Zeiss Ikon Ikonta A (521)

The Zeiss Ikon Ikonta A (521) is a medium format camera introduced in Nazi Germany shortly before the outbreak of World War II. During that time, Zeiss Ikon produced some of the most advanced cameras of the day until the Second World War all but ground things to a halt. The brutal carpet bombing of Dresden in the war’s final stages caused heavy damage to Zeiss Ikon’s factory and destroyed the schematics and prototypes of many of its models.

Seagull 4A

The Seagull 4A is a twin lens reflex camera introduced in 1968 by the Shanghai Seagull Camera Ltd and purportedly manufactured to the present day. The Seagull 4A is considered to be a Rolleiflex copy (the premium version of the Rolleicord) and many Chinese photographers in the ’60s and ’70s regarded it as a professional-grade camera although much of that is probably due to its hefty professional-grade price at the time.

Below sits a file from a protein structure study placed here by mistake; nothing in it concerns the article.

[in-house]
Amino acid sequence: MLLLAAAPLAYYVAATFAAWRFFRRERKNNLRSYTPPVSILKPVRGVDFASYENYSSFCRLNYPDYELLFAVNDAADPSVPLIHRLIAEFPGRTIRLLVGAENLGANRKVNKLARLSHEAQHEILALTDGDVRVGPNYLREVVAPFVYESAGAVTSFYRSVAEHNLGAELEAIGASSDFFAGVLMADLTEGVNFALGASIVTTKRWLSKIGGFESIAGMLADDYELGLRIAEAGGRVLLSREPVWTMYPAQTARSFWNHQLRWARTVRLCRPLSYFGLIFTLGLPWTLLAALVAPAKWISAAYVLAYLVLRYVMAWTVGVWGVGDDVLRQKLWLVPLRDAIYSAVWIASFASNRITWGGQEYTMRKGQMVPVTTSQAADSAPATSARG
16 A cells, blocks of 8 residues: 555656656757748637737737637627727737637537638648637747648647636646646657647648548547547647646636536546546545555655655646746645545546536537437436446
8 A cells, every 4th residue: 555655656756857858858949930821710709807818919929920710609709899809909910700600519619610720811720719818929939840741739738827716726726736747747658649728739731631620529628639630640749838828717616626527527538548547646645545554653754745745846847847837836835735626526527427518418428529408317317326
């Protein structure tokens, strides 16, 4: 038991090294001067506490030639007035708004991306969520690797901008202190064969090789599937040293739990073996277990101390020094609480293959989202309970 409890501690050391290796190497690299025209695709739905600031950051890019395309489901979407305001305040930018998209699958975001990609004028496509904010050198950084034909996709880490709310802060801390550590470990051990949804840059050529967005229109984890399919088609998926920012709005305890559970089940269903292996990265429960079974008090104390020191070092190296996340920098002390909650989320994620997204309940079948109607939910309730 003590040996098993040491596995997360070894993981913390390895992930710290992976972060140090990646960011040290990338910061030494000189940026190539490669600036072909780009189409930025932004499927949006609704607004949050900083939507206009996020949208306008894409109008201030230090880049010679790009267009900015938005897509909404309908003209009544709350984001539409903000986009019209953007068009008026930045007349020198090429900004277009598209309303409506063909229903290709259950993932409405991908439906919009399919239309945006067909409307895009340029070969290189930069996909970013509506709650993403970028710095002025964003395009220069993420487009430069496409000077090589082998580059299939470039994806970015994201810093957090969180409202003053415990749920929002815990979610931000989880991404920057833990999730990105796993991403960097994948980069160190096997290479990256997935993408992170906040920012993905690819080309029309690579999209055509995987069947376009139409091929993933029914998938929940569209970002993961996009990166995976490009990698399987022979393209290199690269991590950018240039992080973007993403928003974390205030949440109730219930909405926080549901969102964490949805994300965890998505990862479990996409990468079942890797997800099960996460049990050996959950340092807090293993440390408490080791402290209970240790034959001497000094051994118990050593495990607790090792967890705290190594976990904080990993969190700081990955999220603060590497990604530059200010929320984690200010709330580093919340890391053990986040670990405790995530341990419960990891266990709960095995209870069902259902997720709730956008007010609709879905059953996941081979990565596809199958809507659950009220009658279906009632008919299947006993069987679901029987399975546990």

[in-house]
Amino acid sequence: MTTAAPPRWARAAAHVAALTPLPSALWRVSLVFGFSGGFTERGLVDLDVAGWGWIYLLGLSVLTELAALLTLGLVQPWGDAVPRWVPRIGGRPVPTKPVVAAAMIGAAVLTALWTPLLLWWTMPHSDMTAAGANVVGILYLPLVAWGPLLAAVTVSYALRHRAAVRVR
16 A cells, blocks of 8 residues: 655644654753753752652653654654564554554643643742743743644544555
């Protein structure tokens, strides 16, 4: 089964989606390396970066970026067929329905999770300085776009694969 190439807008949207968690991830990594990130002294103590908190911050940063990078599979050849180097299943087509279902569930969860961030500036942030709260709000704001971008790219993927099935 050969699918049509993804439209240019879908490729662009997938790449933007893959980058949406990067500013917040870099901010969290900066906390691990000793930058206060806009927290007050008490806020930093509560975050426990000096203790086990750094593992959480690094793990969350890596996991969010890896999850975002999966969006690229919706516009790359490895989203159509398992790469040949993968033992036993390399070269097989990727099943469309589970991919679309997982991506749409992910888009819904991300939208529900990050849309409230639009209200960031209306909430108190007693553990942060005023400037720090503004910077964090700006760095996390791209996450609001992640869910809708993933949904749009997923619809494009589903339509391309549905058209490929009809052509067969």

Franke & Heidecke Rolleicord IId

The Franke & Heidecke Rolleicord IId was introduced in 1947 as the latest edition to the Rolleicord line, the more affordable version of the Rolleiflex line of premium TLRs. TLRs or Twin Lens Reflex cameras are uniquely equipped with two lenses that do different jobs: one is connected to the viewfinder for composing while the other one exposes the film and takes the photograph.

Agfa B-2 Cadet

The Agfa B-2 Cadet is a simple box camera introduced in 1937 by Agfa. Even though the Cadet is a German camera designed in Germany, it was actually manufactured in Binghamton, New York in the factory of American camera company Ansco since they were owned by Agfa at the time. In fact, the company was known as Agfa-Ansco from 1928 until 1941 when the United States entered the Second World War and seized control of Ansco back from the Germans.